At the proper time, he’d taken a wife, of course, just as he was taught was proper for a godfearing Englishman. She had been a small religious girl named Rebecca who came from a farm some miles off. Rebecca’s father had worked with Thomas’ own sire for many years, providing hogs for the butchers, and there was a long-standing unspoken agreement that the marriage of Rebecca and Thomas when they were old enough would simply be another transaction to add further faith to this business relationship. The marriage had been adequate, and Rebecca had kept her head low and silent and bore Thomas two children – a girl and then a boy, and had then immediately fallen dead from the typhoid sickness. Rebecca had died before she had even begun to know herself, but Thomas couldn’t lie to himself that he missed her. He despised lies. If anything, the loss of his young wife added another pleasing cooling layer of distance between towering Thomas and the rest of Cambridge.

His reputation spread out as far as Norfolk and Norwich, and Thomas stood firm and unchanging, refusing to let the sin of pride enter his heart or infect his worship of the Lord and the perfection of his labours. As Thomas’ stature grew, Romsey Town likewise swelled with the coming of those strange hissing machine beasts – those new steam trains that skittered across the untouched green fields of England, racing too quick and perilous for any of the Lord’s true creatures and harrying a new age of unnatural people inside their flanks. Everything began to hasten mindlessly in this new age, and it was becoming impossible to escape the railways and all they carried with them to Cambridgeshire.

In the blink of an eye in this careening world, Thomas’ eldest Leah was now a woman and married and gone to London with a young man in the business of draperies, leaving Thomas with nobody but his boy, Jacob. His daughter talked endlessly of her husband’s prospects in the drapery shop and promised that she would visit from the filthy Babylon of London, always marvelling at the cleverness of the trains, an enthusiasm she had contracted from her money-grubbing husband. Thomas had no time for the age of iron and steam and smoke. To his mind, these were not marvels, but the creeping steely taint of man’s wickedness. It was the role of man to look about, to strive and labour with his own hands and to build his soul and body to a state of perfection worthy of Heaven. His daughter never understood that and she could not comprehend the righteousness of devotion to working and shaping the world in the image of the Lord.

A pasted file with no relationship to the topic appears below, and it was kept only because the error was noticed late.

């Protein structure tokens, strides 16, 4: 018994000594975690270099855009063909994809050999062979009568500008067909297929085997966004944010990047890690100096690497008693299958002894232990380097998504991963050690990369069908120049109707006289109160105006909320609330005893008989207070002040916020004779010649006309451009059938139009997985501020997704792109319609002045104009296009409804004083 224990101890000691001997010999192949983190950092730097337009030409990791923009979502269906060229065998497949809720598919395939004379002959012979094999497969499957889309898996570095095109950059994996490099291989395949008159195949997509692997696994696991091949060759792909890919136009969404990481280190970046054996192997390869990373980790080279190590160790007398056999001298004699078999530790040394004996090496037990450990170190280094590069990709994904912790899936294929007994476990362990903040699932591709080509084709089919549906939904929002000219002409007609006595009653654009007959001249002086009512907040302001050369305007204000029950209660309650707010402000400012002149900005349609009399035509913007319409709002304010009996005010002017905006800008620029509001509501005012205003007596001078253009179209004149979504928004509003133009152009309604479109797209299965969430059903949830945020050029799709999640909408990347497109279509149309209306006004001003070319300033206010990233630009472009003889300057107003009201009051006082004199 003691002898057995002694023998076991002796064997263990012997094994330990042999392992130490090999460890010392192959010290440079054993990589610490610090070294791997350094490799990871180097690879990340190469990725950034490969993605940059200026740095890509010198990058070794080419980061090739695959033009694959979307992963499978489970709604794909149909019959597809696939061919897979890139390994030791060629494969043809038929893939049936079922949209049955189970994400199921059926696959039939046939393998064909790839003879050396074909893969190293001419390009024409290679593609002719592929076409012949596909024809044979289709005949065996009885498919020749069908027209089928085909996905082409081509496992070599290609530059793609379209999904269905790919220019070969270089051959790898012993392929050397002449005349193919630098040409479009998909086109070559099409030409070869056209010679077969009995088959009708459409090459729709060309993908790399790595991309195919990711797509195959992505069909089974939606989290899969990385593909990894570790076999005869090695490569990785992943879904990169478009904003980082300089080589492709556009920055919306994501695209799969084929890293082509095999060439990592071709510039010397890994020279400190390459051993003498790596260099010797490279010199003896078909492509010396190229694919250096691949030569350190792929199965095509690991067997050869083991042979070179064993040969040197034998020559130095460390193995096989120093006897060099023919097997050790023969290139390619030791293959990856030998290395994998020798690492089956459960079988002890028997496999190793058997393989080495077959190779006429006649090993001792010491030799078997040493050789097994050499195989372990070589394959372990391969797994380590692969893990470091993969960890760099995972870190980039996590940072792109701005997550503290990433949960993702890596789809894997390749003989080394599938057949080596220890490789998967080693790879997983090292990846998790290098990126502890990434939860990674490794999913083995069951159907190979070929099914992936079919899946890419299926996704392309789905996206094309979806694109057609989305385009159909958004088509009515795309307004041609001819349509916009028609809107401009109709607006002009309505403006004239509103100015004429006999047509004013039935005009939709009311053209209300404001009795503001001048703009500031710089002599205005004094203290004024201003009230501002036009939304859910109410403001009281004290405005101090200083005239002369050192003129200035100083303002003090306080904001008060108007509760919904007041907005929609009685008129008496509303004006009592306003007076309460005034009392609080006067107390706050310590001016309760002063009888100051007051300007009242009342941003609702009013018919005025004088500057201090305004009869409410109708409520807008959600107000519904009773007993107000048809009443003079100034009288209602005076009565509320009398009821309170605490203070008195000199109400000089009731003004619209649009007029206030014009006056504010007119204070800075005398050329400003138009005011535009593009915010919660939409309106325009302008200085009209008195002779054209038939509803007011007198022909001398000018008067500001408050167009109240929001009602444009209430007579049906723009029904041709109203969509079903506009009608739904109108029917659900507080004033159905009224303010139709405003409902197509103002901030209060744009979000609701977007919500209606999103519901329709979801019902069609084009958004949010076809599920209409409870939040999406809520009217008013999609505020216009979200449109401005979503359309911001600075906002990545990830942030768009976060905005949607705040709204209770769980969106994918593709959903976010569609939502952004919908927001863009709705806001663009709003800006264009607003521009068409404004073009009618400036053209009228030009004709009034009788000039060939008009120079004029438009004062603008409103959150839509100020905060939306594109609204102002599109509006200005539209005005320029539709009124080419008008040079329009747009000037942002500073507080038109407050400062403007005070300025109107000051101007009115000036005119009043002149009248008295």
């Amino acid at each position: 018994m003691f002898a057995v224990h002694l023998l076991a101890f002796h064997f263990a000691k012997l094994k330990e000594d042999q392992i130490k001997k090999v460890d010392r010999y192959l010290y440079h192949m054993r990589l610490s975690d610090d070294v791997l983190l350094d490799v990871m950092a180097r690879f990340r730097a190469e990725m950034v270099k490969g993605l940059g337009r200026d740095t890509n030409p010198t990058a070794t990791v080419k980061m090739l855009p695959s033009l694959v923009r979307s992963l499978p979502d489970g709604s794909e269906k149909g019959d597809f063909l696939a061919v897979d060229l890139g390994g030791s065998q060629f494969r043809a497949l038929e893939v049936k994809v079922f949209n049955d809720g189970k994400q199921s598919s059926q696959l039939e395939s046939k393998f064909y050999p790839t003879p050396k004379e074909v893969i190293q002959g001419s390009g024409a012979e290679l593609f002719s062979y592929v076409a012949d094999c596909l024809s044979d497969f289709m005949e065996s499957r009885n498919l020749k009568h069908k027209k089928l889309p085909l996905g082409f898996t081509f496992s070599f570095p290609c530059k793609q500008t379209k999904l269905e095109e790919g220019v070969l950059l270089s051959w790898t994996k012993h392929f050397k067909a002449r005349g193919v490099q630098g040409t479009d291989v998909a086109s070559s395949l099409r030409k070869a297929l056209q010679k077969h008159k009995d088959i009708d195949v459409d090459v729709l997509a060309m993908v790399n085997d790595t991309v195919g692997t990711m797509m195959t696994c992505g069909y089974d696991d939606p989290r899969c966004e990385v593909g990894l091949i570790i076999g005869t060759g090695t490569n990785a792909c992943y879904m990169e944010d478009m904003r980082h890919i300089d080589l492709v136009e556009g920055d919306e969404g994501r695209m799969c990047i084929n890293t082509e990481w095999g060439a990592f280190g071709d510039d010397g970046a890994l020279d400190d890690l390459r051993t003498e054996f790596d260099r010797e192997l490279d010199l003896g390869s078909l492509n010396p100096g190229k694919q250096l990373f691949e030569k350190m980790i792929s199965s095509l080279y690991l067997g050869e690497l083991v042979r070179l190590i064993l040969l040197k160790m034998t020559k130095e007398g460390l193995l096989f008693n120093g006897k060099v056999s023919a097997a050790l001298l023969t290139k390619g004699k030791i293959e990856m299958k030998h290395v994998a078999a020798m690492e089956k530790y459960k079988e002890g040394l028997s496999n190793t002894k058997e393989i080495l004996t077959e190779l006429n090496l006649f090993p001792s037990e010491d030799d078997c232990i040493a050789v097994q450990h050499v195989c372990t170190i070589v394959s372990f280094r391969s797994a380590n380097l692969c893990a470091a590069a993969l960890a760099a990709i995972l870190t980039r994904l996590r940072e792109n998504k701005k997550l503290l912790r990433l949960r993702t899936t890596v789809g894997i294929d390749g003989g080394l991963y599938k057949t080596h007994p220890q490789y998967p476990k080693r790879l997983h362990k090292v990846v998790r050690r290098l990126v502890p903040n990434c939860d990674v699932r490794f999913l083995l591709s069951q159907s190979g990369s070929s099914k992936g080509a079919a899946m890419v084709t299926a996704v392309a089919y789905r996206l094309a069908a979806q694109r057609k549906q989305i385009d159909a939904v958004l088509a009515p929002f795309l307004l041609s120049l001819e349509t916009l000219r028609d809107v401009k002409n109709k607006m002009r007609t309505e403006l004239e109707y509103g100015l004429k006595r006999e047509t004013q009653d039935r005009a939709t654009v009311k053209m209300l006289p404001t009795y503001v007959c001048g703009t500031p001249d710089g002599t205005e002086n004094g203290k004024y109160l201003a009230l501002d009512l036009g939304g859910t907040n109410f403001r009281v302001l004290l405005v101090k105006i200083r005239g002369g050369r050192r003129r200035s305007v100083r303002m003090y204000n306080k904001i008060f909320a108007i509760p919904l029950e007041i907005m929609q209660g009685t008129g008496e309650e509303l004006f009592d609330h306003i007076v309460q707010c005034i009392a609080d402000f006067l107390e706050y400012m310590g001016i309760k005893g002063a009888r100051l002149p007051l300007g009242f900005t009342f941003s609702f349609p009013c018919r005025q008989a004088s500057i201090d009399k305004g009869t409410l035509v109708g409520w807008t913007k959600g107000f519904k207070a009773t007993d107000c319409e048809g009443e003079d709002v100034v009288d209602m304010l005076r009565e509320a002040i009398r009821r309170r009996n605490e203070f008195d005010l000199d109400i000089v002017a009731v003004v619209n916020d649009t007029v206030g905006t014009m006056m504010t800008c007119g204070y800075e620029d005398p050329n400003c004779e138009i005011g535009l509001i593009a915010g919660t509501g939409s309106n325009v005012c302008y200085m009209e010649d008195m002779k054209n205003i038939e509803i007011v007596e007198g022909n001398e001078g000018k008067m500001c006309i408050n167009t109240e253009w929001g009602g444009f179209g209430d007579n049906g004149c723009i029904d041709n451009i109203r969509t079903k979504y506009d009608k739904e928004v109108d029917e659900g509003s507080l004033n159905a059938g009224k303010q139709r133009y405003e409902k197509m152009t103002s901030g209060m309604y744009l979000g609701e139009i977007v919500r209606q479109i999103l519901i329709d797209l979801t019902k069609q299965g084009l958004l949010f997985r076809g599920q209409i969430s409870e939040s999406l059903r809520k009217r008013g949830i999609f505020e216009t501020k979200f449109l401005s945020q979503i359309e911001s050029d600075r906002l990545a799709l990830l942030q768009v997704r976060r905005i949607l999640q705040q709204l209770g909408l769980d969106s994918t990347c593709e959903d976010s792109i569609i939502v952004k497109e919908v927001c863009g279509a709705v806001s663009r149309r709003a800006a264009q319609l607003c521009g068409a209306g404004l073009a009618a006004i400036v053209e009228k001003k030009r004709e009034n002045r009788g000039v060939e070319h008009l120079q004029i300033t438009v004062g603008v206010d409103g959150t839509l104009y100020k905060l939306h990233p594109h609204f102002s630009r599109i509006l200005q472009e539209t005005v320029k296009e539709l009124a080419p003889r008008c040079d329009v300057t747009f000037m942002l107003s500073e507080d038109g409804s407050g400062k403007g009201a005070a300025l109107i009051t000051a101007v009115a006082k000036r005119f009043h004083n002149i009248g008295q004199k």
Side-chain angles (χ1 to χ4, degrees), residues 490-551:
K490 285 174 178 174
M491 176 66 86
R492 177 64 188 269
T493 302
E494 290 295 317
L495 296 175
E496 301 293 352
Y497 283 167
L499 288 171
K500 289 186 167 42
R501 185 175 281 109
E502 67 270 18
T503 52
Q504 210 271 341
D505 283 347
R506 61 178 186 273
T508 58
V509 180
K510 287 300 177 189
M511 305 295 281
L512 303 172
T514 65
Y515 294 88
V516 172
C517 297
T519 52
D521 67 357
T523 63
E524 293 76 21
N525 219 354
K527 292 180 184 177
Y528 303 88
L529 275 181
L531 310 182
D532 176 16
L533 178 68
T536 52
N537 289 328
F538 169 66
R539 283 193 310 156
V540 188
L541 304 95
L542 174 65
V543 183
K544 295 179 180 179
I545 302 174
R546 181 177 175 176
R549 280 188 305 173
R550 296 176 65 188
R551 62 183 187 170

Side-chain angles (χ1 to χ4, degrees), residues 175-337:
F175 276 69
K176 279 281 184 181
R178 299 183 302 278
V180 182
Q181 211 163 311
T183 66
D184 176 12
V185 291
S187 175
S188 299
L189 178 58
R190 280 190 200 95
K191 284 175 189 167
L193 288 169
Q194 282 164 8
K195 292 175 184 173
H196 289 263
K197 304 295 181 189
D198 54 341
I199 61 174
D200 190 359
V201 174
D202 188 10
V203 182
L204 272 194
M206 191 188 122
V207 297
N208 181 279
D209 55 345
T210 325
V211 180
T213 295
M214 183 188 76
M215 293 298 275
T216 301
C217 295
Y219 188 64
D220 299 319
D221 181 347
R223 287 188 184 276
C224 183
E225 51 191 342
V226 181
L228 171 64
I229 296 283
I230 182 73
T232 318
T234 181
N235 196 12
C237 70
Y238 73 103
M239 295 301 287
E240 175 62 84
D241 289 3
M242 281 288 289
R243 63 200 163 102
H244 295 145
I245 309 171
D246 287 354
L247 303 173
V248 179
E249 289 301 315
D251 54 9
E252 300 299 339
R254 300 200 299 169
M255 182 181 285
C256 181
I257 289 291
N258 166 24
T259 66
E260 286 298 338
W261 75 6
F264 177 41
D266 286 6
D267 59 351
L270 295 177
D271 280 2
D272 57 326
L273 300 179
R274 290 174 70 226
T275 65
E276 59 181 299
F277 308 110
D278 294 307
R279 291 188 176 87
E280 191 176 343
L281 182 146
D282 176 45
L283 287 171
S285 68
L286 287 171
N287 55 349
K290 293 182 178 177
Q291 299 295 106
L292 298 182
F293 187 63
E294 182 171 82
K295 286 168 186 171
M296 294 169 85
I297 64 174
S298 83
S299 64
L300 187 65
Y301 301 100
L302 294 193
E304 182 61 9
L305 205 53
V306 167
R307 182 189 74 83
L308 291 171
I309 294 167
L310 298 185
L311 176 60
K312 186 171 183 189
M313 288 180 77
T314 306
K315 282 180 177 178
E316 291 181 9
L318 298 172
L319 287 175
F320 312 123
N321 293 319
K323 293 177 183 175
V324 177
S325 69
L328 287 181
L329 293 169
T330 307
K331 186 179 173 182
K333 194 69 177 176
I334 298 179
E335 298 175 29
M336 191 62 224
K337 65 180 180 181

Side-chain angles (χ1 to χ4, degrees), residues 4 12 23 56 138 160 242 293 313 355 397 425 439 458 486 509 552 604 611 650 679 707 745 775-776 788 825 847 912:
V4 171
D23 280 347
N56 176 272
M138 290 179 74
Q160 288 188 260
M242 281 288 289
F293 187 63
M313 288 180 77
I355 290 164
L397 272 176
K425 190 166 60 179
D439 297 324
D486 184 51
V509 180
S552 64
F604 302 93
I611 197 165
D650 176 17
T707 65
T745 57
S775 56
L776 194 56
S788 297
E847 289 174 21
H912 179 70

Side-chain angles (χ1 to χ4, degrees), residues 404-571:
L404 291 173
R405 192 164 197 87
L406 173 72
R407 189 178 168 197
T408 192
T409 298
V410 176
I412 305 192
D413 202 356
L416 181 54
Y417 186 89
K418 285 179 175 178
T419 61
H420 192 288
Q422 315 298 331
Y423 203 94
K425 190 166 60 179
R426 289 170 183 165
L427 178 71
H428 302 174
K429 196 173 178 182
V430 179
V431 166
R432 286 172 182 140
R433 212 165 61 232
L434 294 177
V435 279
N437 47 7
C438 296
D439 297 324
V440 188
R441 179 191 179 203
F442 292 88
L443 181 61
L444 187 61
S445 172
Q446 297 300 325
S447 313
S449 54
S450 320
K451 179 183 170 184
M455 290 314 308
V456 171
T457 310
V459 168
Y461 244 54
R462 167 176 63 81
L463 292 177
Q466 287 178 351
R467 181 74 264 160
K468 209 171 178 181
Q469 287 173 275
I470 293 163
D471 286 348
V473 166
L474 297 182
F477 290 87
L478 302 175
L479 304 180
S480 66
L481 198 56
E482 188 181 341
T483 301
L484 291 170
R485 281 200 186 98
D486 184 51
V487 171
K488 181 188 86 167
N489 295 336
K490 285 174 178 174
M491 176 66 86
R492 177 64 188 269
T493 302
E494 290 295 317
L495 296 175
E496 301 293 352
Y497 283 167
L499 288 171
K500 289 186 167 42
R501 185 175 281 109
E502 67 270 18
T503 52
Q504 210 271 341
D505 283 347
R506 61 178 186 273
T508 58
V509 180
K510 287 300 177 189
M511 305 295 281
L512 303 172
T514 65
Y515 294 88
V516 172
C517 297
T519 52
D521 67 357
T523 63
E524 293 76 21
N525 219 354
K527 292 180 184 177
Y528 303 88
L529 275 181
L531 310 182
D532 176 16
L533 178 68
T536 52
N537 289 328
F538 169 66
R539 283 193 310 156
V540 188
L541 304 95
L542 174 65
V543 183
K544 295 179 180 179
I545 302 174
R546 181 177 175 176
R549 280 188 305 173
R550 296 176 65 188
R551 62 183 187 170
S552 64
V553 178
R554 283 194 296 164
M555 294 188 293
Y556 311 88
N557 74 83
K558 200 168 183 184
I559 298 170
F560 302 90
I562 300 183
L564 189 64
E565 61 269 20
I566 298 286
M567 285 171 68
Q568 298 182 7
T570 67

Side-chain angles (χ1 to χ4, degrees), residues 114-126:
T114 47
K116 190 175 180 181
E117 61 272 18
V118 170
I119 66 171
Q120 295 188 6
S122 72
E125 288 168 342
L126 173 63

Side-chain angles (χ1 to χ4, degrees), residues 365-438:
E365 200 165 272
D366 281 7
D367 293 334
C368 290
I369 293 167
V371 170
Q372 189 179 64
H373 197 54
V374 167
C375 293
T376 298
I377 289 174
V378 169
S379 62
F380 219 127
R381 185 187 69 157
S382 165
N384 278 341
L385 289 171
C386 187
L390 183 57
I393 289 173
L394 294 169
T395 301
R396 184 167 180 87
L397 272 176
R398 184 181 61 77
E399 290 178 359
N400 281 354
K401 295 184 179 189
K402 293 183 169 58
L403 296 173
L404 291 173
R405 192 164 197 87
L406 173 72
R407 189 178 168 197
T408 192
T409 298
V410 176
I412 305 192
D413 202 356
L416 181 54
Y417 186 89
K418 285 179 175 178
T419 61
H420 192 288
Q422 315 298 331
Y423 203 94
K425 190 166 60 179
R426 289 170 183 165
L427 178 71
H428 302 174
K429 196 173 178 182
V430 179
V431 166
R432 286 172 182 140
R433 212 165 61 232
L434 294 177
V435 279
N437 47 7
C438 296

Thomas also did not particularly miss his daughter Leah when she was gone and consumed by the maw of the Leviathan London.

He looked now to his son, Jacob, pleased to be able to perfect him without any distractions. Thomas was stern and unyielding with his son, as his father and grandfather had been with himself. For the first time in his life, Thomas conceived of the idea that even if there was nothing beyond work and purity of the soul, perhaps it was part of his humble life to ensure those qualities were firmly instilled in his young son. From before the lad could even hold a knife, Thomas spent every moment he could spare teaching Jacob about purity of body and spirit, and the devotion of hand and blade and flesh. If the lad would leave his clothes filthy or speak coarsely and impiously like the other boys of his age, Thomas would lock the child Jacob in one of the slaughterhouse animal pens without food or water for a period that fit the severity of the crime. If Jacob emerged with the slightest sign of dirt upon him after his time in the cages, Thomas would have the boy wash himself and the pen spotless and return him to his confinement for further instructive punishment. Through hunger and fear of the cold gaze of his towering father, Jacob soon learned to obey Thomas’ precepts. The boy scrubbed himself until his skin hurt, and would work by his father’s side from dawn until deepest dark of night without a complaint, no matter how his limbs and fingers ached.

In the warmer months, Thomas used to butcher meat for the residents of Cambridge out by the Mill road. He had a heavy wooden plank that he would place on a tree stump for his cutting board. Jacob felt a respectful fear in those days at the terrifying strength of his father with this wooden board, a timber that the lad himself could not even begin to shift. In the child’s youthful mind, he had some vague conception that his stern father had hewn the board from that very tree, the stump of which now served as a support for his butcher’s board.